As the book progresses, it eventually becomes clear that the mother's psychotic episodes are episodic and accompanied by her talking non stop and staying up without any sleep for days at a time. Her psychotic episodes would be exacerbated by prescription drug abuse and alcohol - she would often get large quantities of benzodiazepines and other controlled substances from three different free clinics that never communicated with one another. Again, without examining her myself, true bipolar disorder would be the most likely diagnosis if these descriptions are accurate and complete.

Clearly growing up in a chaotic household had a bad effect on the author's mental stability, particularly as she was neglected quite a bit. There often was no food in the house. Dad was apparently too busy having sex with his mistresses openly in the house, with the kids there, to go to the grocery store.

But has the author ever been delusional? Well maybe, but not by her own descriptions in the book. What she describes as being delusional is really a description of her lying to herself while knowing the truth deep down. A real delusion is believed totally and without any doubt, and is certainly not shared by anyone else like a manipulative boyfriend. This is an essential distinction.

In describing her rush towards involvement with one of the problematic men, she says she "could have seen the warning signs a mile away" (p.29).  Although she does not explicitly say that she did not see them, it sounds like she made a concerted effort not to.  On page 74, she writes, " I still didn't have the insight to recognize my destructive relationship patterns, but I can feel the impending doom approaching deep in the pit of my stomach, the way a seasoned sailor can feel approaching storms in his very bones."

That clearly sounds like it was not insight into her relationship patterns that was lacking, but rather that she had decided not to think too much about them. Last time I checked, stomachs can't really think.

On page 87, she describes red flags going up in her brain, but then shrugging her concerns off.  Again, not a psychotic process. She also peppers the book with phrases such as "passive aggressive cry for help and state of denial." Not a psychosis.

She describes her "voices" as almost psychotic hallucinations, but they sound a lot more like the "tapes" we all have running in our heads left over from childhood that tell us what to do and not to do. They are not described as completely external voices like the ones we all hear every day coming from other real people. The hallucinations of psychosis are more like real external voices than inner thoughts.

The first clue that she had never been psychotic was actually a beautiful description of a person with BPD's inner experience - way back on page 5: "...the day-to-day torture of having to create inner and outer selves simultaneously, and maintaining both convincingly...perfect real world training for a professional actor."

So why does she keep telling herself how mentally ill she is? Well, one possibility is that, coming from a family where mental illness is sort of the norm, these thoughts provide her with a sense of belonging and familiarity. Those are powerful needs for most people. Again and again, she uses the same words to describe both herself and her mother, as if their psychiatric experiences were actually far more similar than they really were.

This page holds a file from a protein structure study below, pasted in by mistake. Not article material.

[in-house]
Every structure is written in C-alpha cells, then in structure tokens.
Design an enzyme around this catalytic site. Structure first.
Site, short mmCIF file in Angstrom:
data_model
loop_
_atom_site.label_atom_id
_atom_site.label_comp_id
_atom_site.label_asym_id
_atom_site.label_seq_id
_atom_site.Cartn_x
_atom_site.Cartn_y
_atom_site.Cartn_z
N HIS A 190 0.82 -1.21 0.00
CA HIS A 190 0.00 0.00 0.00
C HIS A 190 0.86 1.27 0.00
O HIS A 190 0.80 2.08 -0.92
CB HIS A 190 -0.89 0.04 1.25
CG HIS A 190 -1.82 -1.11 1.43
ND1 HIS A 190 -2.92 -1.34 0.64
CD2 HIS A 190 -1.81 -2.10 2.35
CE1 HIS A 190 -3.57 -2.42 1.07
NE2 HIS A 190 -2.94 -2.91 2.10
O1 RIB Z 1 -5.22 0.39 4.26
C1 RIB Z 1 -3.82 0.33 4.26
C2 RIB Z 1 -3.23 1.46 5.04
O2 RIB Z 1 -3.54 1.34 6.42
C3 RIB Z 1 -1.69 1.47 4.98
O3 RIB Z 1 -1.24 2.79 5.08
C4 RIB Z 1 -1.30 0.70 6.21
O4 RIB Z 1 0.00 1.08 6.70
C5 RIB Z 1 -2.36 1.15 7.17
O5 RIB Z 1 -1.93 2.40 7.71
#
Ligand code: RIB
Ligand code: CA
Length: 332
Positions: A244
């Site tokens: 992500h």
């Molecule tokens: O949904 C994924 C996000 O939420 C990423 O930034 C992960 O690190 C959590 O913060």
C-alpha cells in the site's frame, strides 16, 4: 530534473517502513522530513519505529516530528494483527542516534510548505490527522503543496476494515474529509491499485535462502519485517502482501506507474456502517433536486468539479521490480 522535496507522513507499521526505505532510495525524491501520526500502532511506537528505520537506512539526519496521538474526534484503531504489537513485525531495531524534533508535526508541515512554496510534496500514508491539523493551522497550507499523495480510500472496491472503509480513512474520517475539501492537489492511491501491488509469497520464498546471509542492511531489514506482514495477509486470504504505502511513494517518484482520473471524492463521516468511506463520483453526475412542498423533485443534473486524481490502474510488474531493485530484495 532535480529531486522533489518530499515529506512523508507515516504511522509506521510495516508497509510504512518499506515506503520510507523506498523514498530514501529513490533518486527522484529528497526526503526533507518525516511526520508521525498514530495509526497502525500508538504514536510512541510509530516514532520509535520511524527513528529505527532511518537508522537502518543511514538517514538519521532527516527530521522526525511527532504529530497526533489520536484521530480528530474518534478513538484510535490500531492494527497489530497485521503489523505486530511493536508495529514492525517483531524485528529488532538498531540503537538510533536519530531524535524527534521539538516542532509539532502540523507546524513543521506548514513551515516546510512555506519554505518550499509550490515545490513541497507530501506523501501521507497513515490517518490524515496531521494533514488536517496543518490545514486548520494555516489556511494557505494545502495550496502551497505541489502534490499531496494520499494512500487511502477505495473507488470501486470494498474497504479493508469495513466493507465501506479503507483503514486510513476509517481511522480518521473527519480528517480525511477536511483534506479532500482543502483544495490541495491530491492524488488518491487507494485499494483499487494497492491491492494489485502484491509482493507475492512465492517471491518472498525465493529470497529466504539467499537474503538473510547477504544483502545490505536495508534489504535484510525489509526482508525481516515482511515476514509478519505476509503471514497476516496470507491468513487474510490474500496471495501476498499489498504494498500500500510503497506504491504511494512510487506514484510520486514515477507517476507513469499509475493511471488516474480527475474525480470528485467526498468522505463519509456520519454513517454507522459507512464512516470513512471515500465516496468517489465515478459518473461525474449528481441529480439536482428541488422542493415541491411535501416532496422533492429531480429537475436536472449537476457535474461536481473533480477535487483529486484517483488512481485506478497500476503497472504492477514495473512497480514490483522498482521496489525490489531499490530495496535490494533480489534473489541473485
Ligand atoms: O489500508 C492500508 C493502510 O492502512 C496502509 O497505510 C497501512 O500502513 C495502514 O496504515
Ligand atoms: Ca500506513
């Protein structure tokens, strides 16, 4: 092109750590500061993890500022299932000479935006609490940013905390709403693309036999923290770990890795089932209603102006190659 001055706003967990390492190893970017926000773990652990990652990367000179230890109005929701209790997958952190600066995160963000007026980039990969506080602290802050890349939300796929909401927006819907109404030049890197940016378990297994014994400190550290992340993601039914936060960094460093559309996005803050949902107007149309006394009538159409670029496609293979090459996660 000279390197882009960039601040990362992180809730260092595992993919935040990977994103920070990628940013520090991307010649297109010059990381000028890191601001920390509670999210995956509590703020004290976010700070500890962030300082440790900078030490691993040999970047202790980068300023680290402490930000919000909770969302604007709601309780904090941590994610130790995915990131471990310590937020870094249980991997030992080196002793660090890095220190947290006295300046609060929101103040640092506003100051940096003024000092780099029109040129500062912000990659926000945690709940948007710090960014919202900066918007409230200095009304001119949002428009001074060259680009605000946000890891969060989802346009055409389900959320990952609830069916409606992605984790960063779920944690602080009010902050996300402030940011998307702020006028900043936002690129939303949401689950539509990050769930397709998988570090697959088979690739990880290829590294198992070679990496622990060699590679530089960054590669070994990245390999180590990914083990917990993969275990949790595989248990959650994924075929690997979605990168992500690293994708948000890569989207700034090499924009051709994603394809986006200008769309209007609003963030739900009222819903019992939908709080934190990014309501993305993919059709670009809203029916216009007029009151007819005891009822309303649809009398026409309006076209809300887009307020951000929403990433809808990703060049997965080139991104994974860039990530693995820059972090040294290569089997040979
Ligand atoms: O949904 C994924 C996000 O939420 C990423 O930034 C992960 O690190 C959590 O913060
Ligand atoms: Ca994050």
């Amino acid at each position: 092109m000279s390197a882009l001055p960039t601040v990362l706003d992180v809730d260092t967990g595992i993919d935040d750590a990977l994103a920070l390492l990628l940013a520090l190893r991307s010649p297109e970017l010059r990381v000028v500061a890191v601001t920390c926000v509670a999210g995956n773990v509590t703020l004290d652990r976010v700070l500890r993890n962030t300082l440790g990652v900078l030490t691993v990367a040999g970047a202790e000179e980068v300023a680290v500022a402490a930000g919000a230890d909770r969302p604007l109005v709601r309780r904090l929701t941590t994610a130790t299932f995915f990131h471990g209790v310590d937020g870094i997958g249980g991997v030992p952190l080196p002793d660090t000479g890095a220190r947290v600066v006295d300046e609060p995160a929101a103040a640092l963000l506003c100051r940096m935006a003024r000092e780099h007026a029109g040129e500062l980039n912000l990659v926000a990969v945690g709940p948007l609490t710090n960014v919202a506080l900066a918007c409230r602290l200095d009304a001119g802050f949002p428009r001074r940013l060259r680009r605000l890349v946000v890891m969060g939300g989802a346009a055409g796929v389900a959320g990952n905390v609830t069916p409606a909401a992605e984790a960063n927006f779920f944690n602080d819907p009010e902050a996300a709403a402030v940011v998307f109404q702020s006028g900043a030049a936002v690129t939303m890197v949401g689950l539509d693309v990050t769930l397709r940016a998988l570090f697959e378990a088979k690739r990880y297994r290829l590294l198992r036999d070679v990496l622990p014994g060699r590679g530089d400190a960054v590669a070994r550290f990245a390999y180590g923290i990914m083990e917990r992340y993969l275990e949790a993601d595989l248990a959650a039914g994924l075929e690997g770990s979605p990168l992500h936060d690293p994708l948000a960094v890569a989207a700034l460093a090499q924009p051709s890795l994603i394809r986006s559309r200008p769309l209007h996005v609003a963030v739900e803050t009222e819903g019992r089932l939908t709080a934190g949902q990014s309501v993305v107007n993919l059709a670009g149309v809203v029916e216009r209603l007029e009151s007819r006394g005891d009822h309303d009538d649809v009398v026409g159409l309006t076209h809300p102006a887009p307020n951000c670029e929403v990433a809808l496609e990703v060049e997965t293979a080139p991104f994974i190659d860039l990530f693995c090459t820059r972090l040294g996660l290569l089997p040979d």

But of course she would be conflicted about thinking herself to be crazy, because, deep down, nobody really wants to be or thought of by others in that way. The author often lived in fear that someone would find out how crazy she was - before demonstrating it to them in spades.

On page 200, she indicates that one of the most important lessons she learned from her psychotherapy was "I am not my parents." More accurately, she probably learned she did not have to be like them. Her mother and brother would never have recovered the same way she did with just the treatment she eventually received that was helpful to her. 


  1. What is the difference between people like the author, who are sick and know it and attempt to do something about, and people who remain ensconced and unaware of their deep dysfunction?

    1. Hi anonymous,

      Interesting question.

      I don't really think anyone who's really self-destructive does not know it at some level.

      As to why some people get help and make good use of it while others don't - I don't think anyone really knows the answer to that question. I'd wager it's due to a lot of different factors rather than one or two, and the combination of factors for any one individual is probably somewhat unique to them.

  2. Another great post, it's mind-boggling how shallow most of psychiatry/psychology have become with their obsessions around symptoms, putative chemical imbalances, and so on.

    P.S. I have a similar dynamic with an older same-sex sibling diagnosed with schizoaffective disorder (fear of having the same disorder leading me to overidentify with him and/or "act out" preemptively at times).

  3.'s never love at first sight though, is it? It is animal magnetism. Sexual chemistry. Want to jump your bones: the clash of the gonads.

    Prevailing & inherited biopsychosocial & spiritual values is what makes that moment of combustion fraught.

    Hermann Goering fell in love at first sight with his first wife, Baroness Carin von Kantzow, when they met at Rockelstad Castle in Sweden. Sadly she died in 1931 and history tells us how the fairy-tale ended for Goering.

    Falling head-over-heels is a dangerous thing.

    I'm reading Peggy Crastnopol.

  4. By the way, I am skeptical about the author's evocatively romantic presumption that seasoned sailors feel approaching storms in their very bones.

    I should think there would have been far less shipwrecks around the world over the course of history, if that were infallibly true.

    The female in queston could simply suffer from MisApplied Romanticism Syndrome. Should stop reading Bronte and Austin.